Pub project is making progress
The race is on to get the Brown Bear pub in Berwick back up and running for its scheduled opening on December 1.
The Hide Hill venue, closed for more than a year, has been taken on by a community group under lease from landlord Frank Flannigan.
Project manager Mark Dodds said: “We were perhaps expecting the worst with it having been closed for such a long time but it’s in better condition than we thought it would be.
“We’d been worried about the need for re-wiring and other electrical work, plumbing and the sort of things which normally comes with taking on a project like this but there’s been none of that which is testament to the previous tenants.”
Much of the work that’s been taking place over the past week or so has beenof a superficial nature to create a good first impression for customers.
“It’s still touch and go for re-opening on December 1 but that’s what we’re aiming for,” said Mark.
He is still looking for the community to get involved in lots of different ways, including the recruitment of staff.
They are also eager to hear from potential suppliers and would be delighted to receive donations of unwanted pub furniture.
They have also put a call out for acoustic musicians, fiddlers, choirs, quartets and duets for appearances in the bar during December.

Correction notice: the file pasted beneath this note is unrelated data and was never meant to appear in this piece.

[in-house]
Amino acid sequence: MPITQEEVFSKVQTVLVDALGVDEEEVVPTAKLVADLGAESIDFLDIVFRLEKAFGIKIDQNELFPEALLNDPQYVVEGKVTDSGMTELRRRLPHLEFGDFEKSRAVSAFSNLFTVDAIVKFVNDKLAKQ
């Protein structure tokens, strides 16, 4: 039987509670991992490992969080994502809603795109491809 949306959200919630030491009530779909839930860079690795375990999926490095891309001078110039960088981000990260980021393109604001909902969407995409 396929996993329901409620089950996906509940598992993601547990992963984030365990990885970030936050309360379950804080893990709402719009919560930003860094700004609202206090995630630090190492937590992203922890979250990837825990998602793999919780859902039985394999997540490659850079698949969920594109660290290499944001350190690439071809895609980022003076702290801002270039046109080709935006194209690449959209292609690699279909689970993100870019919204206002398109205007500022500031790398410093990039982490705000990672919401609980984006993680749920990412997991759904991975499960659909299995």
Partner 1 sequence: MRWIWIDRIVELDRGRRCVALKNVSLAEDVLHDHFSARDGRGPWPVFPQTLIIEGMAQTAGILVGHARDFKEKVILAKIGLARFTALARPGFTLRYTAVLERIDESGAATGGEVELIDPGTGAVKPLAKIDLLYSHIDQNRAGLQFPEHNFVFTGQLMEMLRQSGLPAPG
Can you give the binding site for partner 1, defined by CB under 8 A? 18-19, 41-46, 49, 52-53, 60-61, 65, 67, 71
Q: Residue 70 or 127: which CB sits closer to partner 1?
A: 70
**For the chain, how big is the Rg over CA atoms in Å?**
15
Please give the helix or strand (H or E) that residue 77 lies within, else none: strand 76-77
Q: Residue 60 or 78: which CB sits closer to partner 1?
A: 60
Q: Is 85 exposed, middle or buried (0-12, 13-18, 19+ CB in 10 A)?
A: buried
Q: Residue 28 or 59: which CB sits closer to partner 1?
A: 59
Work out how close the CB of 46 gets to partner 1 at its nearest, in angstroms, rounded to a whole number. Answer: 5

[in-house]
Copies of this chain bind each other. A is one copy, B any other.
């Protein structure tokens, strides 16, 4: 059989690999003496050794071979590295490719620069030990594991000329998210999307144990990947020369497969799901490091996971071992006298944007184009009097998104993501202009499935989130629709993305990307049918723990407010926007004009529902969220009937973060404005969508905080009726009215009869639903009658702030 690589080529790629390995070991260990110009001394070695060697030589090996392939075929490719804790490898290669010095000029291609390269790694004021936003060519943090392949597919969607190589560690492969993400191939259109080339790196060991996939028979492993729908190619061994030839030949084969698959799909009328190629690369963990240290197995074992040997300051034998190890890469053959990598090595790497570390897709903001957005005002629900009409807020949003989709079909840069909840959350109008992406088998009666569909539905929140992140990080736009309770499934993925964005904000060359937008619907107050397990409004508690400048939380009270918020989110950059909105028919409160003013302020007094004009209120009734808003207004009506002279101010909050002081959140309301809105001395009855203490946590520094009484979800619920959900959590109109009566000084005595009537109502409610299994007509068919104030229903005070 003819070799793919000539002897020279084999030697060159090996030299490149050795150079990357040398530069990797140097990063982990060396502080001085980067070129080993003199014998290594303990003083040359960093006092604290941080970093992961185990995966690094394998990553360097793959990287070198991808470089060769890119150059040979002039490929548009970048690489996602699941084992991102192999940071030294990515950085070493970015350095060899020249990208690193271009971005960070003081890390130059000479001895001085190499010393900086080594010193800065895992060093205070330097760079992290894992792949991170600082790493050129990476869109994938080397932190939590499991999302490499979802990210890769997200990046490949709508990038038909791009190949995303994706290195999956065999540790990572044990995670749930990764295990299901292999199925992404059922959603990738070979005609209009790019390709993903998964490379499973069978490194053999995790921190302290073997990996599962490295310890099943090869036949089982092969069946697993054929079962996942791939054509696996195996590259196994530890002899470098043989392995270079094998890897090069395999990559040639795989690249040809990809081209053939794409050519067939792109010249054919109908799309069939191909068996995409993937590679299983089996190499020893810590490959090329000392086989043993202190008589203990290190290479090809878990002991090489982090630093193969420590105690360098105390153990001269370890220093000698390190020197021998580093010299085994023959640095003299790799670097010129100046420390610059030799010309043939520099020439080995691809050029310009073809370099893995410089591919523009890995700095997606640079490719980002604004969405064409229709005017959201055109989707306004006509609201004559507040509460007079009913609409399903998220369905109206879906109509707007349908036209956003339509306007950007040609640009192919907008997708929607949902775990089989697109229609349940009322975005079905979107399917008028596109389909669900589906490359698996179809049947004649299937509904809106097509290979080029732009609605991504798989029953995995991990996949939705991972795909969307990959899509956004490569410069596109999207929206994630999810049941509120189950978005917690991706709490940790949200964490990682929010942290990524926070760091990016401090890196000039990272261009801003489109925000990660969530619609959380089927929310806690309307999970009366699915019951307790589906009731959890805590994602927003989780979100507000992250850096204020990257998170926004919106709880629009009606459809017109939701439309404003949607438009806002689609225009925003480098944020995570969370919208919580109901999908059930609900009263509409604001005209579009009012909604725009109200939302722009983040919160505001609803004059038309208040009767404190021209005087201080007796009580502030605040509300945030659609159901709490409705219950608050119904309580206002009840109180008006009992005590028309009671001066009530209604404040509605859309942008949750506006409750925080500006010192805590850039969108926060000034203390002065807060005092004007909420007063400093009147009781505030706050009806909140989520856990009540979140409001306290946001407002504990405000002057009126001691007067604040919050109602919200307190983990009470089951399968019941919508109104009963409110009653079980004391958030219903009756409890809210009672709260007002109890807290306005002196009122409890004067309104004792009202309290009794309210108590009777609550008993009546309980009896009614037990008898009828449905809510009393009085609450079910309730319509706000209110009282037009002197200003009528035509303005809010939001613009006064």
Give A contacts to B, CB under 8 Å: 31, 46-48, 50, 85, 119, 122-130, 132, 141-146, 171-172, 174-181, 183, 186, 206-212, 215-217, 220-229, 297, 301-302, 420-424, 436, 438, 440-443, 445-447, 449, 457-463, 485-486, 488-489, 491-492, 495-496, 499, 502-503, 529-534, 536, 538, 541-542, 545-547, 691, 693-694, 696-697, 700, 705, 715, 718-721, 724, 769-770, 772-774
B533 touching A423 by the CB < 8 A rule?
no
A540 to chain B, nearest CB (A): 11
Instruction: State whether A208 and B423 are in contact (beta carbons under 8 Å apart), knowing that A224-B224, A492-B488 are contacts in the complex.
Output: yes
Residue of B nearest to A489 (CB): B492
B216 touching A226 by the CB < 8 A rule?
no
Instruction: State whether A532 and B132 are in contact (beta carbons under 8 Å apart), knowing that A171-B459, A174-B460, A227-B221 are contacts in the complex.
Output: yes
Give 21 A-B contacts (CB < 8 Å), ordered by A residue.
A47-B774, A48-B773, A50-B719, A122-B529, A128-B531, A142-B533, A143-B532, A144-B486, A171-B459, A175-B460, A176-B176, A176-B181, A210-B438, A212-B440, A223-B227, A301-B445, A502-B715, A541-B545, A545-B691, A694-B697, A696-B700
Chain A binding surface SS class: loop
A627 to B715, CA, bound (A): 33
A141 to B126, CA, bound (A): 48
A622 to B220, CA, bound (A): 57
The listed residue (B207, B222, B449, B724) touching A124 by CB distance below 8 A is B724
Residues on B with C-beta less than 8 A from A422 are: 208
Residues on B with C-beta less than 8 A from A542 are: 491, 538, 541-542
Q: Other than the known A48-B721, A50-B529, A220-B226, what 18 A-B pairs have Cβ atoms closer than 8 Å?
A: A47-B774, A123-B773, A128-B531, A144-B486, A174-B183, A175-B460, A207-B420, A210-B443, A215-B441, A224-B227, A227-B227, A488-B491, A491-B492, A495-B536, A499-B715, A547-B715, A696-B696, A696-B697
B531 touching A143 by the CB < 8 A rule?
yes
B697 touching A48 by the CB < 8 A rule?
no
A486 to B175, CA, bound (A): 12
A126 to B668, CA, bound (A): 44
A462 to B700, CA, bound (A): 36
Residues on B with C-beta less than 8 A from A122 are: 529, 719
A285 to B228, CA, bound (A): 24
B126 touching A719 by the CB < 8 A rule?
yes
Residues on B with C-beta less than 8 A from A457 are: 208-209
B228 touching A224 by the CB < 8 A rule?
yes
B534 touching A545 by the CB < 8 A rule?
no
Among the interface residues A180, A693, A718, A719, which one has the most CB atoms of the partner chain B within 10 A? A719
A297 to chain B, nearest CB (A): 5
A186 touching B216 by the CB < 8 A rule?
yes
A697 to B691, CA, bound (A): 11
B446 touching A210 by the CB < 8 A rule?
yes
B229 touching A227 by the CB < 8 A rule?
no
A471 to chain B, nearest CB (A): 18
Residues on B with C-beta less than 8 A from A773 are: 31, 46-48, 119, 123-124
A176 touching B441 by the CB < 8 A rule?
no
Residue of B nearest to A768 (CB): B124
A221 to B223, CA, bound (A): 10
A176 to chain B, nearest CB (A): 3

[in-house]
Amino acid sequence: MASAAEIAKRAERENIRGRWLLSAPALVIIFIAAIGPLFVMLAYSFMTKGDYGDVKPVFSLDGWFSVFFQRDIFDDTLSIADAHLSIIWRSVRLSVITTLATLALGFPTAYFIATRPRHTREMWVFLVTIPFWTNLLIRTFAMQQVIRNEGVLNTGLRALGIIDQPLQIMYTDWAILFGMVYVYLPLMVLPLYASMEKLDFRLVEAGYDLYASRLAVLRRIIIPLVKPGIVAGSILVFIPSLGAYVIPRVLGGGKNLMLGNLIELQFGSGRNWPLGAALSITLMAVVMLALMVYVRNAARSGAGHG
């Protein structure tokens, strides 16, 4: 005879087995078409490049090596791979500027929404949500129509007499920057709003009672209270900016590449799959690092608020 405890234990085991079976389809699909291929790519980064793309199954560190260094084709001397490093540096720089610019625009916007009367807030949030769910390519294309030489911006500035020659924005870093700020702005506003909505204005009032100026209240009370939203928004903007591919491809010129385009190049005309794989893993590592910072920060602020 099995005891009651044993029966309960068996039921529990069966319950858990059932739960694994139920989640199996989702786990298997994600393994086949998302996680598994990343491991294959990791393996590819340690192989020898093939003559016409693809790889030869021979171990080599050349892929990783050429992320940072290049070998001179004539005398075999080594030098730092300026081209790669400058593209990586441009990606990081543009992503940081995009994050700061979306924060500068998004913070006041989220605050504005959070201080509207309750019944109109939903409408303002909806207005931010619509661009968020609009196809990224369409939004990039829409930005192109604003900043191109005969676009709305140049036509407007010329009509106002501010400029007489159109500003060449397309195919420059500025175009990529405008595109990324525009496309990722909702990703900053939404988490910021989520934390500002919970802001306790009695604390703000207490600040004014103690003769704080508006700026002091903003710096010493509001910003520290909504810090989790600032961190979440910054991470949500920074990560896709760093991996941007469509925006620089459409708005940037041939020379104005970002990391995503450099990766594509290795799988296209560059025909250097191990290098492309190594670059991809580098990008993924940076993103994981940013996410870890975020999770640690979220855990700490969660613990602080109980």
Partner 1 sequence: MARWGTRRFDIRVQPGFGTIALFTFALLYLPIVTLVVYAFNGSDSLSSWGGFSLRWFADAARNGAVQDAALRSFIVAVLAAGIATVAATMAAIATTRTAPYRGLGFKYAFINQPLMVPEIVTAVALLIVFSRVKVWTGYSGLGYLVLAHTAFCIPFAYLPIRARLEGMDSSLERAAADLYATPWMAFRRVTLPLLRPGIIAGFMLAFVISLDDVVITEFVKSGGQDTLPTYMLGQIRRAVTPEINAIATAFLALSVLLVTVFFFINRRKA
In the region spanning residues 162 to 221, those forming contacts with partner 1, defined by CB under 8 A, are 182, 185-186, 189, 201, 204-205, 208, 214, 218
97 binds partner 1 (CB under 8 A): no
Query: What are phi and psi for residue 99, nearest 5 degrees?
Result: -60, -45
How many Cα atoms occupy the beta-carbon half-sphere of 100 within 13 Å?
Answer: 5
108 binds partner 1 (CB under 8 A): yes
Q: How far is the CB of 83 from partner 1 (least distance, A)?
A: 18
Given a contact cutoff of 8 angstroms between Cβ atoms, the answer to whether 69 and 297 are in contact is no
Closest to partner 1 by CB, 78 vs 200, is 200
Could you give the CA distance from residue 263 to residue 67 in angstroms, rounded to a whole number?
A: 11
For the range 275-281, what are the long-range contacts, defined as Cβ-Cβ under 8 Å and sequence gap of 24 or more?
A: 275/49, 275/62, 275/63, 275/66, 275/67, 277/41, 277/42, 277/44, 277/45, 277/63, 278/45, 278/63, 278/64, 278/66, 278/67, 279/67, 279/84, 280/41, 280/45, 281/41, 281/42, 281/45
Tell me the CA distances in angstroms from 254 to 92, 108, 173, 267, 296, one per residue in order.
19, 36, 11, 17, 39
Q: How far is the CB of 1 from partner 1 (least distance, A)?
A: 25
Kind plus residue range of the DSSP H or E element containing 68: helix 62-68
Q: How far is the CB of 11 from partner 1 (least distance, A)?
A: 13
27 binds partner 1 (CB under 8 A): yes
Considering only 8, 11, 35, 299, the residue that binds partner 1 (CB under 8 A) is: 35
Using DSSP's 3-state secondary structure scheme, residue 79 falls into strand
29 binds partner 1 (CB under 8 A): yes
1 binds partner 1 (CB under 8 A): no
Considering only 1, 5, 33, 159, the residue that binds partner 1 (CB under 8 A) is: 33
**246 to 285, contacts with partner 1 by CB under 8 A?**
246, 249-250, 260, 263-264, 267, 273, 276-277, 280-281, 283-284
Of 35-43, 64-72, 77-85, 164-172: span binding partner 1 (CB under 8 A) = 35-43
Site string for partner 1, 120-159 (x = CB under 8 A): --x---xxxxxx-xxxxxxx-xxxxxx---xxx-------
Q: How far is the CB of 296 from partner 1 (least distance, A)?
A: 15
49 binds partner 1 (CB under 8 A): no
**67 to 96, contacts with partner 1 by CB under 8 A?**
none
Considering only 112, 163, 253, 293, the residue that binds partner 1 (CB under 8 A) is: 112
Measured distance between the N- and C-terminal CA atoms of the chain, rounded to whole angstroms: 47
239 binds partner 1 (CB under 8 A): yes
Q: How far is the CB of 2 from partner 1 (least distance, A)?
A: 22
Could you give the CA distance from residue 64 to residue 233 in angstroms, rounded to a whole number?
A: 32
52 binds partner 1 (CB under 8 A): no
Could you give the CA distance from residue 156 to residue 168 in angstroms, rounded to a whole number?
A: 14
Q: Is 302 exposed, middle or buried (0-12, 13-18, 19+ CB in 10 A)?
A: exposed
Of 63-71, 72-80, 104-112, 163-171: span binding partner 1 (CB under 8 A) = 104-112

People are also invited to drop-in to see how the project is going or fill in a survey on its website – www.berwickbrownbear.co.uk
Meanwhile, one of the founding stakeholders, Jim Herbert, has been looking into the pub’s history.
He said: “The first reference I can find of it is in Good’s Directory of 1806 in which we find one Joseph Brown is the landlord. It passed through the hands of at least four publicans until 1866 when William Moor took over. After 10 years, his son (presumably) George Moor took over until a major change in 1898.
“The pub many of us are familiar with at the top of Hide Hill is not the original building. The old structure, a much more basic affair, was demolished for a new establishment. The bar was originally facing the door as you entered from Hide Hill with a parlour, kitchen and scullery at the rear. This layout changed in the 1980s when the open plan structure many of us remember was created.”
At the back of the pub is the remains of the Low Meeting House, a Presbyterian church built in 1719.
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